Recently, I was asked to speak to a group of college seniors about how to transition from a liberal arts education to making a tangible impact in the world. These intelligent, high-achieving campus leaders were no strangers to the notion that the “real” world of work brings a new set of opportunities and challenges, far different from the academic cocoon they have enjoyed over the past four years. Because everyone in the room was also interested in the topic of entrepreneurship, we decided to explore how principles for startup success might help them to accelerate their path to real-world impact in any chosen field.
The more we talked, the more I realized that the principles under discussion might be helpful to anyone who wants to achieve a greater positive impact in a career, a profession or a new endeavor of any kind.
In that spirit, here are eight questions that every entrepreneur (and impact-seeking individual) should address:
1. What are your reasons? Some people launch companies to create wealth, others to be their own boss, or perhaps to pursue a technical innovation. The founder’s reasons then determine how success is defined, what decisions are made, and what actions are taken. The same is true for career transitions: What’s most important to you? What does “positive impact” mean for you? What kind of direction-setting will allow you to make intentional progress toward that purpose (rather than passively bouncing from opportunity to opportunity)?
2. Whom do you serve? While it’s helpful to clarify your personal definition of success, effective founders know that the path to entrepreneurial achievement is not about you. It’s about your customer, your users or your stakeholders. Entrepreneurs who cultivate a market orientation within their venture—allowing it to be shaped by customer needs and preferences—enjoy a much higher probability of success than the average Joe. From a career-impact perspective, this means being clear about the audience whose needs you are addressing. What are their concerns, their pains, their aspirations? How can you work to address those needs?
3. What makes you special? Every successful product or service has some defining strength – a “special sauce” that provides a competitive advantage. What’s yours? In thinking about your next career phase, move beyond a me-too mindset, and get clear about your defining strengths. What makes you, you? What makes you indispensable? In what settings can you deploy these talents to make a meaningful impact?
4. What problem are you solving? Effective founders create value by solving problems that are real (versus theoretical) and important (important enough that customers will pay handsomely for the solution). A relevant question for any early stage venture is: Are you offering a vitamin or a pain pill? “Vitamins” are viewed by most users as nice-to-haves, where as pain pills target an acute need. As you move forward with your next career step or job, ask yourself how real and important is the problem you are solving (or the opportunity you are pursuing)?
5. Can you get it done? In the startup world, ideas are a dime a dozen. What matters most is whether a founding team can execute a plan and make things happen. Successful entrepreneurs have a bias for shipping the product, even if it’s not perfect, and iterating relentlessly toward growth and success. This is also true in just about every workplace I’ve known. People who can get things done are the ones who get noticed, promoted, and who find opportunities to lead and have tremendous impact. The ability to execute is underrated and surprisingly uncommon. But it’s one of the surest paths to making a difference in the world.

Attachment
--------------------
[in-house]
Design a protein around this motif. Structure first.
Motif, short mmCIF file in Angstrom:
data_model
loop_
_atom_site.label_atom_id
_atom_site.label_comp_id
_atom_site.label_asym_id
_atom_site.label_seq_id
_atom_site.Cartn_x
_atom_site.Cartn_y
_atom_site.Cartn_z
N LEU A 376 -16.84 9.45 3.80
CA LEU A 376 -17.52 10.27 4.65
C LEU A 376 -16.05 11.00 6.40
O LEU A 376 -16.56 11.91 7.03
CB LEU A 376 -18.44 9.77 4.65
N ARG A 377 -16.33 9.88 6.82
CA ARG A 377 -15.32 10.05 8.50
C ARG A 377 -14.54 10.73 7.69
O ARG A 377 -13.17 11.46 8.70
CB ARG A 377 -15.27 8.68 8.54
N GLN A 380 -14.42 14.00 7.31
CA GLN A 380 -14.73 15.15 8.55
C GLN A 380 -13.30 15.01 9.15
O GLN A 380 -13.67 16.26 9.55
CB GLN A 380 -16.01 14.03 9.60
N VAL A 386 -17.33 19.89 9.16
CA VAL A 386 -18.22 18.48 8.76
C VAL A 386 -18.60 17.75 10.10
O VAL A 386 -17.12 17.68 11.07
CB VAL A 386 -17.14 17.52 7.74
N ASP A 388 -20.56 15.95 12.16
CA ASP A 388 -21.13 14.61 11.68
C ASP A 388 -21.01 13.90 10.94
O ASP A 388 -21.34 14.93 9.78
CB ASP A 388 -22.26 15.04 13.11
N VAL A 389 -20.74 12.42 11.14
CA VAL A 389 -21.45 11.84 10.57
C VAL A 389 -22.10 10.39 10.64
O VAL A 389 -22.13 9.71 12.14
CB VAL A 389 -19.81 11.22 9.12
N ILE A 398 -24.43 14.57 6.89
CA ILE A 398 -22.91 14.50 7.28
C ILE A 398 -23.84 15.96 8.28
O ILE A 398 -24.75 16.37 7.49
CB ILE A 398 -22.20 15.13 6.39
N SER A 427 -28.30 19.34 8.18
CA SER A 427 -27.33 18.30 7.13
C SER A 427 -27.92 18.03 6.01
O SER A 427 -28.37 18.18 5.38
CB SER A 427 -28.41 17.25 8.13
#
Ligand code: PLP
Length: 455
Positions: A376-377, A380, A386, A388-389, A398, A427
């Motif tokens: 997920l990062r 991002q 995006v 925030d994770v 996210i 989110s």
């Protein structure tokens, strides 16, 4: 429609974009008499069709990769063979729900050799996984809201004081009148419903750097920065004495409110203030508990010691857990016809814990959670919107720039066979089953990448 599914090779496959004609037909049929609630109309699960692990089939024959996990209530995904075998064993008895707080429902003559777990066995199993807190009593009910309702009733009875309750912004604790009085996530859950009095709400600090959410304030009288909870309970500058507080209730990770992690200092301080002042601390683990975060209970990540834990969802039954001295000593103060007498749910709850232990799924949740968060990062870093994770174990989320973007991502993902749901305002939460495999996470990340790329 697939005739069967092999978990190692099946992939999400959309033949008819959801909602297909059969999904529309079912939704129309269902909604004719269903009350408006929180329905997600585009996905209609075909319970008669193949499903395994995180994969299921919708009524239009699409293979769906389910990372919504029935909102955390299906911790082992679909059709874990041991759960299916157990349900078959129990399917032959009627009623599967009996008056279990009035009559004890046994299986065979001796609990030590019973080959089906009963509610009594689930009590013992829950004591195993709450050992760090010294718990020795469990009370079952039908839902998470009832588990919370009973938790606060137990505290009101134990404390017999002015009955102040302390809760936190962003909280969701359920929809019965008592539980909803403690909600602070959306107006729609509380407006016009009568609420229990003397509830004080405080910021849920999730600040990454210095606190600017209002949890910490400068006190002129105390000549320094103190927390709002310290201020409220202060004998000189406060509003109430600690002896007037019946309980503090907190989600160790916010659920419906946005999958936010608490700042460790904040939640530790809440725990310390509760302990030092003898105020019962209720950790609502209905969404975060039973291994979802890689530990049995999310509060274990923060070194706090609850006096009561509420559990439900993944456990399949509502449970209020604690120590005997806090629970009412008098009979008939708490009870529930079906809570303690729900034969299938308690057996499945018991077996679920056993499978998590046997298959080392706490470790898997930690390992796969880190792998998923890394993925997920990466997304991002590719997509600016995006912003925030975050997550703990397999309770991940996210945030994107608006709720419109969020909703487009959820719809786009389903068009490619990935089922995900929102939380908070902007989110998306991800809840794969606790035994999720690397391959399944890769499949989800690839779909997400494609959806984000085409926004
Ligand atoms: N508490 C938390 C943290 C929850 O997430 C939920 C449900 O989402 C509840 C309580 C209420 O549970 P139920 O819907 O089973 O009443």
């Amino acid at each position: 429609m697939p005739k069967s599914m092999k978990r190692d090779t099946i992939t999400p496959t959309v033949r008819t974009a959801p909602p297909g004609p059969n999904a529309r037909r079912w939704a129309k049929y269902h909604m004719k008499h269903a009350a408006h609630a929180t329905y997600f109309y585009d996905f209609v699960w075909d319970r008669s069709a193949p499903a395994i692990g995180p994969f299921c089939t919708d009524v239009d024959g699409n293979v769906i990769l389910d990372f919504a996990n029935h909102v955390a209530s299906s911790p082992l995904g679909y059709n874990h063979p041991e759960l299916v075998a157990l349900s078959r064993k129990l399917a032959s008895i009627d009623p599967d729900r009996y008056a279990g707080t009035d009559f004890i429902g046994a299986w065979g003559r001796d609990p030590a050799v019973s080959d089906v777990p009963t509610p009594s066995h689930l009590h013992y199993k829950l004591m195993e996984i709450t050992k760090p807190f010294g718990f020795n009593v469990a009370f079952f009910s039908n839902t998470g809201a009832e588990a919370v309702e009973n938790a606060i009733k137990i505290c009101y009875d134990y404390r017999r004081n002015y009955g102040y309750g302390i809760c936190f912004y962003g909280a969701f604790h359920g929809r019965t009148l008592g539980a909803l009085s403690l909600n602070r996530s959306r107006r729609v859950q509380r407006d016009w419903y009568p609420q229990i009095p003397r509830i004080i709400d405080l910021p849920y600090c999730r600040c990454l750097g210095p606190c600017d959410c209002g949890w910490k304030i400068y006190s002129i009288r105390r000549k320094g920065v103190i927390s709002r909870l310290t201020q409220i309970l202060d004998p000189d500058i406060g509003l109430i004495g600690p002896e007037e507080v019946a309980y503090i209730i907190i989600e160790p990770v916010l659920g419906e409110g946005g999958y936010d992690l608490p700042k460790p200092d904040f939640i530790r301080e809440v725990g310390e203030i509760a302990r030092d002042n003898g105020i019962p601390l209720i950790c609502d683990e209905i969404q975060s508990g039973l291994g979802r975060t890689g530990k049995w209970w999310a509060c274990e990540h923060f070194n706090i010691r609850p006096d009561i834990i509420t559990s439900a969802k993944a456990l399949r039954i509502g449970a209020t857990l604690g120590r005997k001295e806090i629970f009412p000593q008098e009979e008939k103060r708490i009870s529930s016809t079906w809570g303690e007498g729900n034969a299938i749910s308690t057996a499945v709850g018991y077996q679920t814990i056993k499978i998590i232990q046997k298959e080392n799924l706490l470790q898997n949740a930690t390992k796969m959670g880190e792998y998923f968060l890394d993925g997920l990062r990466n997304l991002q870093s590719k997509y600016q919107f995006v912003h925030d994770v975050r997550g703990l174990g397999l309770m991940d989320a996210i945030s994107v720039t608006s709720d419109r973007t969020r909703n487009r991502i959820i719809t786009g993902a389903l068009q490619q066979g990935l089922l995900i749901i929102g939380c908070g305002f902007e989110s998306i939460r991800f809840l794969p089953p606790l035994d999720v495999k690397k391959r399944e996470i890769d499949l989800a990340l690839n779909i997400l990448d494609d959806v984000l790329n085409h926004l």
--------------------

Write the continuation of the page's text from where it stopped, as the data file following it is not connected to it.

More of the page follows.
6. Are you a continuous learner? Most successful startups end up looking very different than what the founders first imagined. Why? First, human beings are not very skilled at accurately predicting the future, so markets always offer surprises. Second, the most accomplished entrepreneurs have a gift for listening to the marketplace and adapting as they go. By observing, learning and improving, they dramatically elevate their odds of startup success.
7. Does your economic model work? A startup venture might have a stellar team, a great product and plenty of market demand, but still fail if the basic economic model—what I call the “math story”—does not work in the company’s favor. Do our revenues and expenses combine to create a healthy profit margin? Will our earnings allow us to invest in and grow a thriving venture? Financial facts like these apply to individuals, families and careers as well, sometimes in jarring ways. Even the most idealistic college graduate will deal with the relationship between expenses and income. How can you craft a financially sustainable lifestyle?
8. How long will you persevere? Perhaps Woody Allen said it best: Eighty percent of success is showing up. And that means continuing to show up day after day, month after month, year after year, if necessary. In the startup world, we know that the longer a venture can stay in business, the greater the odds of achieving significant success. At the individual level, achieving tangible impact rarely happens in exactly the way we expect, or at the time and place we hoped for. But with resilience, optimism, patience, and a healthy dose of good humor, the fruits of your efforts will certainly, eventually come.
What questions do you think a would-be entrepreneur should consider?